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Getting to Normal in the Two Sudans – Kate Almquist Knopf

Ten years after the conflict in Darfur began, Sudan and the newly-sovereign South Sudan are still experiencing terrible violence and efforts to ensure lasting peace in the region are falling short. What can the United States do differently to help foster governance that works for both countries? My guest on this week’s Wonkcast is Kate Almquist Knopf -- author of a newly-published CGD report that argues, surprisingly to me, that the United States should normalize diplomatic relations with both Sudan and South Sudan.

More Money, More Problems for US Development in Pakistan – Milan Vaishnav and Danny Cutherell

Despite an unprecedented increase in US civilian assistance to Pakistan, more money has led to more problems in achieving long-term development goals in the fractious and fragile state.  My guests on this week’s Wonkcast are Milan Vaishnav and Danny Cutherell, co-authors of a recent report written jointly with CGD president Nancy Birdsall. The new report--More Money, More Problems: A 2012 Assessment of the US Approach to Development in Pakistan--assigns letter grades to US government efforts in ten areas and provides recommendations for more effectiveengagement in Pakistan.

$16 Billion for Afghanistan: Why Less Money Might Be a Good Thing

We returned last week from a brief trip to Afghanistan, where we met with people on all sides of Kabul’s enormous aid industry – representatives of several donor agencies, contractors, NGOs and current and former Afghan government officials – about the underlying strategy of the U.S. aid effort in Afghanistan, and how it must change during the upcoming transition. As we departed Afghanistan, President Karzai flew to Tokyo asking for at least $4 billion per year for the next four years, and he appears to have gotten it. Is this good news? Is $16 billion too much or too little? And does the mutual accountability framework agreed to by the Afghan government and the international community mark a real turning point in the aid strategy for Afghanistan, or is this just more of the same? Here are a few reasons that the results of the Tokyo conference are mostly good news.

Postcard from Haiti: Life after the 2010 Quake

This is a joint post with Julie Walz.

On January 12, 2010, at 16:53 hours, a magnitude 7.0 earthquake struck the city of Port-au-Prince, killing over 200,000 people and leaving several million homeless. Foreign aid poured into Haiti, at the rate of almost a thousand dollars per Haitian. For the past two years, we have been putting together the various pieces of data we could find on aid flows and foreign involvement after the quake. We found that the big international NGOs and private contractors have been the primary recipients of billions of dollars in U.S. assistance have been not been required to report systematically on how they use the funds. There has been a lack of accountability to both the funders and recipients. Our preliminary impressions based on our visit to Haiti are that this lack of accountability is if anything worse on the ground: the NGOs are frequently not accountable to the Haitian government or to the people they aim to serve. We even learned something about earthquakes--for example, did you know that Haiti’s two major faults (the northern Sententrional fault and the southern Enriquillo-Plantain Garden fault) are called slip-strike faults, and are similar to the San Andreas Fault in California? It was the southern fault that triggered the quake two and a half years ago.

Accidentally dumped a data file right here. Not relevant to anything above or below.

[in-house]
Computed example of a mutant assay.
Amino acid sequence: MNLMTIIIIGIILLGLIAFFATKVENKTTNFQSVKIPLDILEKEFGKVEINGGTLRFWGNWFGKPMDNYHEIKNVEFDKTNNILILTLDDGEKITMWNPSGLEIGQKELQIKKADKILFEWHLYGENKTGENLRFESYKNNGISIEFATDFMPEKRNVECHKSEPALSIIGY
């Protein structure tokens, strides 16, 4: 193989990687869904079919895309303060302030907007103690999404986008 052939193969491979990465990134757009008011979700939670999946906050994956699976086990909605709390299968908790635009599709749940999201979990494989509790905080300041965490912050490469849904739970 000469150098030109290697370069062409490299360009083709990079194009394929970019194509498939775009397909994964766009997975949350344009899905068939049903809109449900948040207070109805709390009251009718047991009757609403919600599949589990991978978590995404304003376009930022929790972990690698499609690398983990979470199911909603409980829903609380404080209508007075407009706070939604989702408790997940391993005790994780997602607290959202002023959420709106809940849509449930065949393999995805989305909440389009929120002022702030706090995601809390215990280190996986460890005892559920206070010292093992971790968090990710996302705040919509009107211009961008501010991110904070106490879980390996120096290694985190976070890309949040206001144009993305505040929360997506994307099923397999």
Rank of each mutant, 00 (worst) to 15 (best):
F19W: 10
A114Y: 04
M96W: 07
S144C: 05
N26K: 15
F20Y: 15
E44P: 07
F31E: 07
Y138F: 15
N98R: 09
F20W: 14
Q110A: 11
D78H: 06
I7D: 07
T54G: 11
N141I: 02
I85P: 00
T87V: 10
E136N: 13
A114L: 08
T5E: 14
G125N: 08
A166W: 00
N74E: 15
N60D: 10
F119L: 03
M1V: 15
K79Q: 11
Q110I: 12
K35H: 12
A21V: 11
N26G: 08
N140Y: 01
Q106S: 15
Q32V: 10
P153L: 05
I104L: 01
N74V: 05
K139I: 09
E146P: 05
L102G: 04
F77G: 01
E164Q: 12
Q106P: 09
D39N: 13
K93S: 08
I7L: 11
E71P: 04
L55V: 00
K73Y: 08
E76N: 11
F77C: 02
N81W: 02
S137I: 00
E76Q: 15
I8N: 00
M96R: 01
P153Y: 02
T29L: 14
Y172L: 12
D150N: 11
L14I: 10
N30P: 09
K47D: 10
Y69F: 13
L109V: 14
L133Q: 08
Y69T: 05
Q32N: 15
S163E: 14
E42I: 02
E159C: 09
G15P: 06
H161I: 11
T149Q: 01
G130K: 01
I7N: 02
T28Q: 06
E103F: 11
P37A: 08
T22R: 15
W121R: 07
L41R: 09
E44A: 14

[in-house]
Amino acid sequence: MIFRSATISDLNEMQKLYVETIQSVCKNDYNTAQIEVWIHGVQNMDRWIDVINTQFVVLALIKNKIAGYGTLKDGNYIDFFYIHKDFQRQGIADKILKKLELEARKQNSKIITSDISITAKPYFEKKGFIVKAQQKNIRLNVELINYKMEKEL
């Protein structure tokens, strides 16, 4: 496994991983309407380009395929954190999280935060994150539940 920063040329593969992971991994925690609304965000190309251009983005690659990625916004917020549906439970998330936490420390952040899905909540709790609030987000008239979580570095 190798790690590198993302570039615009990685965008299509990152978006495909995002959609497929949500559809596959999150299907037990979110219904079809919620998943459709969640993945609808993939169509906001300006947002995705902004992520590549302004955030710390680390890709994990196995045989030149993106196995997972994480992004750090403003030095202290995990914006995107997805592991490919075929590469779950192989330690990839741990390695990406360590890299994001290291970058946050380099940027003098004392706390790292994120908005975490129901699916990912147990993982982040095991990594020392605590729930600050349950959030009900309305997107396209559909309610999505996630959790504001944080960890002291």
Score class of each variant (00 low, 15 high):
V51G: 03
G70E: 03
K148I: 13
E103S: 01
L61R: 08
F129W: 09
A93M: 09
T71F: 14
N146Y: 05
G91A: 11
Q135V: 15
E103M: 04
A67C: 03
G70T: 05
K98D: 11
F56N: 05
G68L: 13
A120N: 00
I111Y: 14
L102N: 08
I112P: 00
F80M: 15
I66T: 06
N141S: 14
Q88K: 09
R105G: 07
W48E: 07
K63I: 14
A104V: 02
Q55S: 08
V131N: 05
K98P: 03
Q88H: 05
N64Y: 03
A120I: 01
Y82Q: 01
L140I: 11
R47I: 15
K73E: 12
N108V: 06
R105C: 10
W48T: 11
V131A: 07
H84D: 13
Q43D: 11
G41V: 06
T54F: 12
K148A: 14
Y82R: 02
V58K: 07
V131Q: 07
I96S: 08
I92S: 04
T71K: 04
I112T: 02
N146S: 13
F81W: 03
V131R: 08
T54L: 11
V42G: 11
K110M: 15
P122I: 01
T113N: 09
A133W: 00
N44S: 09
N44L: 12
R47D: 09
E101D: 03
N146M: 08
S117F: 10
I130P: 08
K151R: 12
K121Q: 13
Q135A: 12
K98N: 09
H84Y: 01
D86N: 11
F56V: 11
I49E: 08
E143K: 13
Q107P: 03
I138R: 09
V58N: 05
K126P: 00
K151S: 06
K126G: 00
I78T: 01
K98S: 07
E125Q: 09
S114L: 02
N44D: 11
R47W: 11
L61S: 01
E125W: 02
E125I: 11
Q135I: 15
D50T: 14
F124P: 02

Thunderstorm over Port-au-Prince

Credit: Vijaya Ramachandran

A Review of the U.S. Government's Review of Its Haiti Quake Response

This post is joint with Julie Walz.

Last week, USAID finally published an external review on its activities in Haiti: “Independent Review of the U.S. Government Response to the Haiti Earthquake”. The report is dated March 28, 2011. Yes, 2011. It took over a year to post the document on the USAID website. The review was conducted by MacFadden and Associates – which operates an $80M Indefinite Quantity Contract from USAID. There are some frank and enlightening assessments of USG response and coordination, but very little discussion of aid accountability.

Haiti: Where Has All the Money Gone?

This is a joint post with Julie Walz.

The Assessing Progress in Haiti Act (H.R. 1016) was approved by a voice vote in the Senate this week, almost a year after it was passed by the House. The Act “directs the President to report to Congress on the status of post-earthquake humanitarian, reconstruction, and development efforts in Haiti” including progress of programs, alignment with the Haitian government priorities, and coordination among U.S. agencies and other donors.

Key Challenges for Jim Kim, New World Bank President—Nancy Birdsall

Nancy Birdsall

After an unprecedented competition, with three official nominees, the World Bank announced on Monday that the board had selected Jim Yong Kim, the Korean-born U.S. nominee, as the next president of the World Bank. My guest on this week’s Wonkcast is CGD president Nancy Birdsall, who discusses why it matters who leads the bank and sets out key challenges for the incoming president.

Why the World Bank and its President Matter

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